In case you have not heard… Haiti was the poorest country in the hemisphere, the 2010 earthquake was a terrible natural disaster, and the response of the world made the situation significantly worse. All evidence points to peacekeepers from United Nations as the source for the cholera epidemic that began in the fall of 2010. People from around the world who tried to help, through ignorance and mistrust of the Haitians, did more harm than good.
I begin this review as I prepare to go to Haiti in one week. My next trip will be my third this year. My experience with Haiti began when the dean of the School of Theology at L’Université Chrétienne du Nord d’Haïti invited me to teach philosophy of religion in 2012. Now, each year, I go to teach this course to future Christian pastors. On one trip, my son and I visited an orphanage in Port-au-Prince. He noted that the children had no place to store their meager possessions, so the church where I serve as pastor sent a group in February 2014 to build cubbies. Now, in one week, another group from Kilmarnock Baptist Church will go to the orphanage to have Bible school with the children. This has been my experience with Haiti, and I appreciate the opportunities I have had to go to this beautiful land.
Jonathan Katz was in Haiti as a reporter for the Associated Press when the earthquake struck. He stayed for the following year and made careful notes about his experience. These notes and his journalling follow the events in the year after the earthquake. The Big Truck That Went By tells both his story and the story of Haiti. By seeing it through his eyes, it is possible to begin to see the tip of the iceberg that is this complicated half an island.
In the course of this review, it would be redundant to tell Katz’s story. The book is excellent. It is readable and would be enjoyable, if it were not so infuriating. It is too easy to look at Haiti as an outsider and project one’s cultural ideology into a place where it does not belong. Katz tells about the true number of people who died in the earthquake (i.e. there is no way to truly know). He writes about the known facts about cholera, the “biggest health scare in the nine months after the earthquake” (p. 162), and most impressively, he writes dispassionately without making judgments or filling in details that do not exist. He writes about promised US$ billions and their failure to materialize or their donors spending them in the donors’ country, not Haiti.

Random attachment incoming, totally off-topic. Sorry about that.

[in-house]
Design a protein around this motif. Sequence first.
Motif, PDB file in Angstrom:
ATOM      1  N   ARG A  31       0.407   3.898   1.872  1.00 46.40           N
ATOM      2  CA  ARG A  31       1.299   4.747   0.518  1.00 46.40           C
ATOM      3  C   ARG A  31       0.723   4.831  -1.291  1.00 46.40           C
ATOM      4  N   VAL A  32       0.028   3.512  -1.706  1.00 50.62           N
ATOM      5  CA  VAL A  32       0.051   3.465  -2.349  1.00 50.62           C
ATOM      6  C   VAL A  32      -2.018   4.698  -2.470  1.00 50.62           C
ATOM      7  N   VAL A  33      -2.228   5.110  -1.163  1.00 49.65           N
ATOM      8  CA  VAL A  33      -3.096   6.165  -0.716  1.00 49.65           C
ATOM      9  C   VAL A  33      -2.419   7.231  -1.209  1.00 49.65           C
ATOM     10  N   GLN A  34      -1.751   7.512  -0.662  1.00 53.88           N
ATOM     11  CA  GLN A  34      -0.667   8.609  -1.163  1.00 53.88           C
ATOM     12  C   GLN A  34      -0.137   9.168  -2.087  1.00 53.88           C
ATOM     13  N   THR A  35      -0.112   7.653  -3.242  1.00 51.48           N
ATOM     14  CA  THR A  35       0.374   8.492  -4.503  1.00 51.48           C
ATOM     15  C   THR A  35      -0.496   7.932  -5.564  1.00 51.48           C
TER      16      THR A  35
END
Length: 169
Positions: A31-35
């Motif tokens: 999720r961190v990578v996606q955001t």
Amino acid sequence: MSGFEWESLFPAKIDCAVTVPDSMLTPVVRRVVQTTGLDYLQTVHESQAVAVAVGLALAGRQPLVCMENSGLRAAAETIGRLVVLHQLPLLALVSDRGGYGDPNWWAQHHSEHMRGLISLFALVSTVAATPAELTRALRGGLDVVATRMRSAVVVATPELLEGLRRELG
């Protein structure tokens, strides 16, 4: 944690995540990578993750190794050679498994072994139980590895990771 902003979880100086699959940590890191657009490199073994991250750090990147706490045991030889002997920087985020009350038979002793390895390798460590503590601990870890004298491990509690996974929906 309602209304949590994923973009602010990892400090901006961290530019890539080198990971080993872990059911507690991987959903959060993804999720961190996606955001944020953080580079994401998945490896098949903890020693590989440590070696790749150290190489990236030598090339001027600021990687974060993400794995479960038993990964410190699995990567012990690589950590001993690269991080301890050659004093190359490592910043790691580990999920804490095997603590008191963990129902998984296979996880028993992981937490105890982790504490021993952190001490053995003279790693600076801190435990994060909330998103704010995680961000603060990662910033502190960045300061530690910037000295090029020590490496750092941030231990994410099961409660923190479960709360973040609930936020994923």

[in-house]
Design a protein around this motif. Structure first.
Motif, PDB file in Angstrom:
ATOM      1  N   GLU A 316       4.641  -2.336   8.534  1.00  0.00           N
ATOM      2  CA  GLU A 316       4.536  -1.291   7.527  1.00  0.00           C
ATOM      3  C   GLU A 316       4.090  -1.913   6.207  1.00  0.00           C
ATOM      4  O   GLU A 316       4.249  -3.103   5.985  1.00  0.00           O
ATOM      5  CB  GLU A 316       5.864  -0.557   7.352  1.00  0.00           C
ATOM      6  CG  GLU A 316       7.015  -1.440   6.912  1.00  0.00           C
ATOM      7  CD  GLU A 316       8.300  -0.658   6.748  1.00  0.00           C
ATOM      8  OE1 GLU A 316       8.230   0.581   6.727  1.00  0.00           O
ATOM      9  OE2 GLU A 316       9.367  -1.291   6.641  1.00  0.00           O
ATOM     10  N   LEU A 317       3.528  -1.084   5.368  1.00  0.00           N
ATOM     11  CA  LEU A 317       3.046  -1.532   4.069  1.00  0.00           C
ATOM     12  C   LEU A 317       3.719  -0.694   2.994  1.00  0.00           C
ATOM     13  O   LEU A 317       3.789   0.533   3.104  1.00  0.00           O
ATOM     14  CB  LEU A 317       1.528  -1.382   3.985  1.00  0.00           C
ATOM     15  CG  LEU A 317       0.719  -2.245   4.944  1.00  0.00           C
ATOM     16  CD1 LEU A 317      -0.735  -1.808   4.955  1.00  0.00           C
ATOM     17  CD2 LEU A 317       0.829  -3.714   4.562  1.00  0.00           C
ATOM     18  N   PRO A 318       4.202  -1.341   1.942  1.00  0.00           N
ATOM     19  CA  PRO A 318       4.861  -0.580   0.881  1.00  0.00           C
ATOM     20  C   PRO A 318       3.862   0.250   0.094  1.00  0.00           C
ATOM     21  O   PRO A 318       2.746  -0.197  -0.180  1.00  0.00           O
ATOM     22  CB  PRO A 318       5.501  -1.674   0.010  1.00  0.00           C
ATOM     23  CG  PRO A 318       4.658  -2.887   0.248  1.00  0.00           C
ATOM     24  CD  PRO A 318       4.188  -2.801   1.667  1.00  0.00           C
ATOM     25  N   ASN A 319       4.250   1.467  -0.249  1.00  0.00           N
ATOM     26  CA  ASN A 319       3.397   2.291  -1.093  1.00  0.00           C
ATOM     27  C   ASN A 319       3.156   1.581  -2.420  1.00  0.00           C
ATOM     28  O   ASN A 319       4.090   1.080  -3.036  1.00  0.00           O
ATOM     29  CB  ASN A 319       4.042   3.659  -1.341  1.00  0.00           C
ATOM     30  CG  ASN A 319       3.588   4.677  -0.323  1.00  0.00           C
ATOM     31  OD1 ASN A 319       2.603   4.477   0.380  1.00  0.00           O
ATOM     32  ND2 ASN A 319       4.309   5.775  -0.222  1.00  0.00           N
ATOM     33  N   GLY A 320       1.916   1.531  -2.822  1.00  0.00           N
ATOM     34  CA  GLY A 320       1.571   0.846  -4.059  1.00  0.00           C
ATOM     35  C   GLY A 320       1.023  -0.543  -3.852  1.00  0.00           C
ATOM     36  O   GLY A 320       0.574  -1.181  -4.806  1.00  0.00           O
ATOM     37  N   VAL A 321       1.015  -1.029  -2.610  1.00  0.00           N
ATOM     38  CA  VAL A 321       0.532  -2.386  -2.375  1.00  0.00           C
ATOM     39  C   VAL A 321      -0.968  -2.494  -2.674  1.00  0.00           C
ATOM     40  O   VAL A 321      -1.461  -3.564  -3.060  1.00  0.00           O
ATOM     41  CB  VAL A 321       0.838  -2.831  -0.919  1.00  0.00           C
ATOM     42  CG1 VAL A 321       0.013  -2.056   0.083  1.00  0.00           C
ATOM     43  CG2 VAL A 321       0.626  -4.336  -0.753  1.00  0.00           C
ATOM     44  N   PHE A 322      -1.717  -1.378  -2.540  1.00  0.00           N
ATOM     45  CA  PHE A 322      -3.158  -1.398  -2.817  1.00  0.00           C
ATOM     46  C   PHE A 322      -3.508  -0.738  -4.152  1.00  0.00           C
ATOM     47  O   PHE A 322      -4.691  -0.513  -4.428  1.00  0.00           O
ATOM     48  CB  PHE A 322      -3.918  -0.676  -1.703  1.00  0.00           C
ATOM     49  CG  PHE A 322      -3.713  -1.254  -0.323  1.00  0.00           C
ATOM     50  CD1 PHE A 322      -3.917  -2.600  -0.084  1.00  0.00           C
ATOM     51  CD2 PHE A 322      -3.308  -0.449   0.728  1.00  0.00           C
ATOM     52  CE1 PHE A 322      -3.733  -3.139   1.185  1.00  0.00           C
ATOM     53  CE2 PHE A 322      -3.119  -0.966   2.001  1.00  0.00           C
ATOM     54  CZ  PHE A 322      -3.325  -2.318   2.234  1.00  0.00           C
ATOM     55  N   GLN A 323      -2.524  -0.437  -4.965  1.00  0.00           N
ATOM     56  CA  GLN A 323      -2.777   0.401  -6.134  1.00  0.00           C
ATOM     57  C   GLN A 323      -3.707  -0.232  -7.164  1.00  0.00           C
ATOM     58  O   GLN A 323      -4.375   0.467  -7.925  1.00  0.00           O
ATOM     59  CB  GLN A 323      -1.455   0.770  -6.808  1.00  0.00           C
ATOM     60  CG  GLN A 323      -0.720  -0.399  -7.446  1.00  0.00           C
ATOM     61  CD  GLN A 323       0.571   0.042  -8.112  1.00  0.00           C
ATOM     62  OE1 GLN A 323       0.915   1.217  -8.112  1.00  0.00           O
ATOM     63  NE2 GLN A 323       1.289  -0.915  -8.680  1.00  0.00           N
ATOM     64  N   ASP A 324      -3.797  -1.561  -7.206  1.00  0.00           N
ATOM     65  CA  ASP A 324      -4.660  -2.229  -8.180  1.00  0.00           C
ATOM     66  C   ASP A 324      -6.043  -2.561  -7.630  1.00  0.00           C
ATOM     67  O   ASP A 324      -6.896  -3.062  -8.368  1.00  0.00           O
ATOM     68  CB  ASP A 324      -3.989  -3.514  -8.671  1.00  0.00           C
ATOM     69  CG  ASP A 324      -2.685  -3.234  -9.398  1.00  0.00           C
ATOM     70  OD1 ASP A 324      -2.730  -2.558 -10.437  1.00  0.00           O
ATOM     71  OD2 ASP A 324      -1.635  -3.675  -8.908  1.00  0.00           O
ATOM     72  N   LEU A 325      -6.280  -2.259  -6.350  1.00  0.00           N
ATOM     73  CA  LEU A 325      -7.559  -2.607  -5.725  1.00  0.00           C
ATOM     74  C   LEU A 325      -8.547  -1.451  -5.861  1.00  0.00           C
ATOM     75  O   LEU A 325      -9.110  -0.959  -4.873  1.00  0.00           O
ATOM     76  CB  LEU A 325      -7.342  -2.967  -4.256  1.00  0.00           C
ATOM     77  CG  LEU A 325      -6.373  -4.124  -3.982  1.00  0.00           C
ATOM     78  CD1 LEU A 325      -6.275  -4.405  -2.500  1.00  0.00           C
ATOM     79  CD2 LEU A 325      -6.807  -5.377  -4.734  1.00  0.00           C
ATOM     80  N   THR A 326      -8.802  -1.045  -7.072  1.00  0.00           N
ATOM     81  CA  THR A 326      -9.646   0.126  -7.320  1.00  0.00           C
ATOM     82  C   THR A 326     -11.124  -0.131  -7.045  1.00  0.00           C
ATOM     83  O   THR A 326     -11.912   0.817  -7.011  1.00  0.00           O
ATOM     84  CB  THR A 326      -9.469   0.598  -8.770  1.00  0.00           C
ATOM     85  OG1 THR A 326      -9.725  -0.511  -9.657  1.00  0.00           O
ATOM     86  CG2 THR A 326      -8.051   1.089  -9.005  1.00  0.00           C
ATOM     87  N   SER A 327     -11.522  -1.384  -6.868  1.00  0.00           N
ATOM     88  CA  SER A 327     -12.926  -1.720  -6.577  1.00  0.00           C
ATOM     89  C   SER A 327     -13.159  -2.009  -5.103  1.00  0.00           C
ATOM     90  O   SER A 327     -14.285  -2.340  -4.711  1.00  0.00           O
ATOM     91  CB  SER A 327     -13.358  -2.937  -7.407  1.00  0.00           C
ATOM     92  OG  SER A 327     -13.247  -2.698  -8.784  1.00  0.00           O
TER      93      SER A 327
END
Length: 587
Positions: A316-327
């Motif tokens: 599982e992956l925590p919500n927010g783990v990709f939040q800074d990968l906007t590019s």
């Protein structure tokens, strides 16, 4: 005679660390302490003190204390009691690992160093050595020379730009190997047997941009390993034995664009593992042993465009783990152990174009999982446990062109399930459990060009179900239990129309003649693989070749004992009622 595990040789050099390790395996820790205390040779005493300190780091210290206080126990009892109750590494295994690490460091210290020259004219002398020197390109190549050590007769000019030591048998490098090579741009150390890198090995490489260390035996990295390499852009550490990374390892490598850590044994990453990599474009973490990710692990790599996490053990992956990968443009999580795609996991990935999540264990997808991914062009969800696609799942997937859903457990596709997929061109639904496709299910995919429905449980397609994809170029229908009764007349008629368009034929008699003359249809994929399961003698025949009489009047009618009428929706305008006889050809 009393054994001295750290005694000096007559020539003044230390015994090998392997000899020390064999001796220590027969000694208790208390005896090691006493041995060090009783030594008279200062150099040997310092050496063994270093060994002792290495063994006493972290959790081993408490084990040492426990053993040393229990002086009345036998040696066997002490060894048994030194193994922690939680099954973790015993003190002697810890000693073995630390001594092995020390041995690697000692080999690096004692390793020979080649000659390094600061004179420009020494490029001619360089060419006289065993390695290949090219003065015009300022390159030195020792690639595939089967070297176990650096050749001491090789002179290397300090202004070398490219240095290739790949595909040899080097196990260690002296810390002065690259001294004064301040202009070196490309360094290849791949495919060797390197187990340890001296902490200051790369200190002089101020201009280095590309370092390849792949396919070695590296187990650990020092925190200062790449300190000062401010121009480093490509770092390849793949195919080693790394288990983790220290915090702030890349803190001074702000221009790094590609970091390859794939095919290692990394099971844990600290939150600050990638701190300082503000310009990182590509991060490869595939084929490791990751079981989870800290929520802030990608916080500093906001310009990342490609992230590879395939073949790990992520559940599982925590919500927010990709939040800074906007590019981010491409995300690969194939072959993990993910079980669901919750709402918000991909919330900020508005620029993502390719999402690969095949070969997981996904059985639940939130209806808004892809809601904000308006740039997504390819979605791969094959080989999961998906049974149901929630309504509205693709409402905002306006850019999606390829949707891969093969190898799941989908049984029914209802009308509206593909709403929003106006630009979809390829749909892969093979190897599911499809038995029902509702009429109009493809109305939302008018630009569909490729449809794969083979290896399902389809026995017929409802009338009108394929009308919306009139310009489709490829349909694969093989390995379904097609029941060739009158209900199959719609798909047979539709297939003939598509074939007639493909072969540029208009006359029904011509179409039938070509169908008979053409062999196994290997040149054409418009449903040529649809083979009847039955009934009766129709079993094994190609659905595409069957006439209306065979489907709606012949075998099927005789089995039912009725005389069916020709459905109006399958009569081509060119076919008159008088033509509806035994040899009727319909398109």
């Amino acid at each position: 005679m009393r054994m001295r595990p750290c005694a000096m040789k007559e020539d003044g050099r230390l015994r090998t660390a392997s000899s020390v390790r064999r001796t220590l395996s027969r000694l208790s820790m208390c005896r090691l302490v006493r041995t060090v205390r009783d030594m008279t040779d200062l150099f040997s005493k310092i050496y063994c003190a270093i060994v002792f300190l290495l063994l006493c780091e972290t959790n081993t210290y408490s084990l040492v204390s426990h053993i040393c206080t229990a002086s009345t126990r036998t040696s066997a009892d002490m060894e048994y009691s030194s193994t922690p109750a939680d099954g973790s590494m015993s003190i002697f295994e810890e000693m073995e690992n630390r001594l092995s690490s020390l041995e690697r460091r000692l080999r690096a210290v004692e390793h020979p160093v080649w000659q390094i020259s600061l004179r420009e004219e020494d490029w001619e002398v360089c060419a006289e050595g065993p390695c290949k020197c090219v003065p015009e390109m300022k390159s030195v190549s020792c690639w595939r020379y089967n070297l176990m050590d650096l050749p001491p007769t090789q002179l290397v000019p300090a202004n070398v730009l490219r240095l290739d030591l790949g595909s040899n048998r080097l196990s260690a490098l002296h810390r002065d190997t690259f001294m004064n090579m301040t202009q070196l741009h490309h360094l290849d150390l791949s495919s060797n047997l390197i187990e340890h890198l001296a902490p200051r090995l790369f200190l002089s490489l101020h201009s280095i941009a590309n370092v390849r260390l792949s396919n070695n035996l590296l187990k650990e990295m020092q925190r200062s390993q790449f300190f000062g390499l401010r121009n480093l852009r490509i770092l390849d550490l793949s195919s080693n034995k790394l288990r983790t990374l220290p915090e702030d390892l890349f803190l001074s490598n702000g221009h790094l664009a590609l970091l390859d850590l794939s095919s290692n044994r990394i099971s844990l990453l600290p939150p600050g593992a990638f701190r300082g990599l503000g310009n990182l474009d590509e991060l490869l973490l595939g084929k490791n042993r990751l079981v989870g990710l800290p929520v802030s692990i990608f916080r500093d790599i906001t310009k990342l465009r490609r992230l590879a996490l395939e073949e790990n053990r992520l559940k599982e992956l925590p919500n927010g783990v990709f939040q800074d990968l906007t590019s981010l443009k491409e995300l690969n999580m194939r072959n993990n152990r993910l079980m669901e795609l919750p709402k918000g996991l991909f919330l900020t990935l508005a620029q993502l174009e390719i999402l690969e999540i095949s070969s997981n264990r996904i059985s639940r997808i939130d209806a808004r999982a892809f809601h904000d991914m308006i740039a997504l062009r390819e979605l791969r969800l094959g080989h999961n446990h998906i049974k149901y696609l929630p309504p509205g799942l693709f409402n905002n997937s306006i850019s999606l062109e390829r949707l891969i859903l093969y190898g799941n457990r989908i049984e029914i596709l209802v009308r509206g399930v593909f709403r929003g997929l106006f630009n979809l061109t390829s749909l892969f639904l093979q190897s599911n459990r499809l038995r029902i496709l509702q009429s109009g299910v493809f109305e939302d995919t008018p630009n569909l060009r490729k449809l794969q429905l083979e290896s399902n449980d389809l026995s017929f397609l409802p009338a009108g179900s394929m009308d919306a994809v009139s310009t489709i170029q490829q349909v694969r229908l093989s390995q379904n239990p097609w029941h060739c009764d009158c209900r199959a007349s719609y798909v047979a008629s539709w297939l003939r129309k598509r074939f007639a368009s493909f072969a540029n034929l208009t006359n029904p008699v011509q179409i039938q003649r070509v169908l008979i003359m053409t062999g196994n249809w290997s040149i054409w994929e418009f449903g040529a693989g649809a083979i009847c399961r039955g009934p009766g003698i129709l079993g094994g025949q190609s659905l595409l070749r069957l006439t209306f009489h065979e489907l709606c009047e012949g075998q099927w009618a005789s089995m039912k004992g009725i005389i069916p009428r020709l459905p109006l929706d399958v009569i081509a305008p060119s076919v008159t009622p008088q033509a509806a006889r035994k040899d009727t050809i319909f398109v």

Katz’s story is a personal one, and he invites readers to share bits and pieces of a private chapter in his own journey. In the aftermath of the earthquake, he meets a young lady who is doing research in Haiti, falls in love with her, and in the Epilogue, he seems to ride off into the sunset with his love. It is a warm, happy ending for a book about a place that does not seem to have a happy ending. In the end, I wish him and Claire all the best for the future.
In Christianity, we believe in redemption. As complicated and difficult as Haiti’s story is, I have to believe that there is the possibility of redemption for this poor country.